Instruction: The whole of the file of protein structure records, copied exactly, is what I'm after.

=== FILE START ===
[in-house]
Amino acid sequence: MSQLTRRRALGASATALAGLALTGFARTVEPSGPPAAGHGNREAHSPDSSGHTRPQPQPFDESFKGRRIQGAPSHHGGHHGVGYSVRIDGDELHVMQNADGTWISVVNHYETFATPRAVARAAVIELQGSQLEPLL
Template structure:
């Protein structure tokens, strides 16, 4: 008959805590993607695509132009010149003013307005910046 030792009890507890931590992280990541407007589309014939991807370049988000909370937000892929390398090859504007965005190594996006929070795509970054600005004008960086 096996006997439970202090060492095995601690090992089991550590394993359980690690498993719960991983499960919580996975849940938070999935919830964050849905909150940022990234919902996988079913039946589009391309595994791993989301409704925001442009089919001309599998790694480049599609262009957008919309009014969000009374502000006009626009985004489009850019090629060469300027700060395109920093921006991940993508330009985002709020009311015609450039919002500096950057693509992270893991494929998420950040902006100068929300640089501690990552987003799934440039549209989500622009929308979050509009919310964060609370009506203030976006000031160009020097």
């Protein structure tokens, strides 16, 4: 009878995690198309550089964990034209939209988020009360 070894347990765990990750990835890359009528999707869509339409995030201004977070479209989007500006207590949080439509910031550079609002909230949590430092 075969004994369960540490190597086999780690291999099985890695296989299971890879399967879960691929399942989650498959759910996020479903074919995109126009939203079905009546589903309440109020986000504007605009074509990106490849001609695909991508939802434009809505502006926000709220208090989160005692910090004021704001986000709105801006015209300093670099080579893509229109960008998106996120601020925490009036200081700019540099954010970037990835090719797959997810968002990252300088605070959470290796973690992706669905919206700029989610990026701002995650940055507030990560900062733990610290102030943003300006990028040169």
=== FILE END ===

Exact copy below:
[in-house]
Amino acid sequence: MSQLTRRRALGASATALAGLALTGFARTVEPSGPPAAGHGNREAHSPDSSGHTRPQPQPFDESFKGRRIQGAPSHHGGHHGVGYSVRIDGDELHVMQNADGTWISVVNHYETFATPRAVARAAVIELQGSQLEPLL
Template structure:
């Protein structure tokens, strides 16, 4: 008959805590993607695509132009010149003013307005910046 030792009890507890931590992280990541407007589309014939991807370049988000909370937000892929390398090859504007965005190594996006929070795509970054600005004008960086 096996006997439970202090060492095995601690090992089991550590394993359980690690498993719960991983499960919580996975849940938070999935919830964050849905909150940022990234919902996988079913039946589009391309595994791993989301409704925001442009089919001309599998790694480049599609262009957008919309009014969000009374502000006009626009985004489009850019090629060469300027700060395109920093921006991940993508330009985002709020009311015609450039919002500096950057693509992270893991494929998420950040902006100068929300640089501690990552987003799934440039549209989500622009929308979050509009919310964060609370009506203030976006000031160009020097």
């Protein structure tokens, strides 16, 4: 009878995690198309550089964990034209939209988020009360 070894347990765990990750990835890359009528999707869509339409995030201004977070479209989007500006207590949080439509910031550079609002909230949590430092 075969004994369960540490190597086999780690291999099985890695296989299971890879399967879960691929399942989650498959759910996020479903074919995109126009939203079905009546589903309440109020986000504007605009074509990106490849001609695909991508939802434009809505502006926000709220208090989160005692910090004021704001986000709105801006015209300093670099080579893509229109960008998106996120601020925490009036200081700019540099954010970037990835090719797959997810968002990252300088605070959470290796973690992706669905919206700029989610990026701002995650940055507030990560900062733990610290102030943003300006990028040169």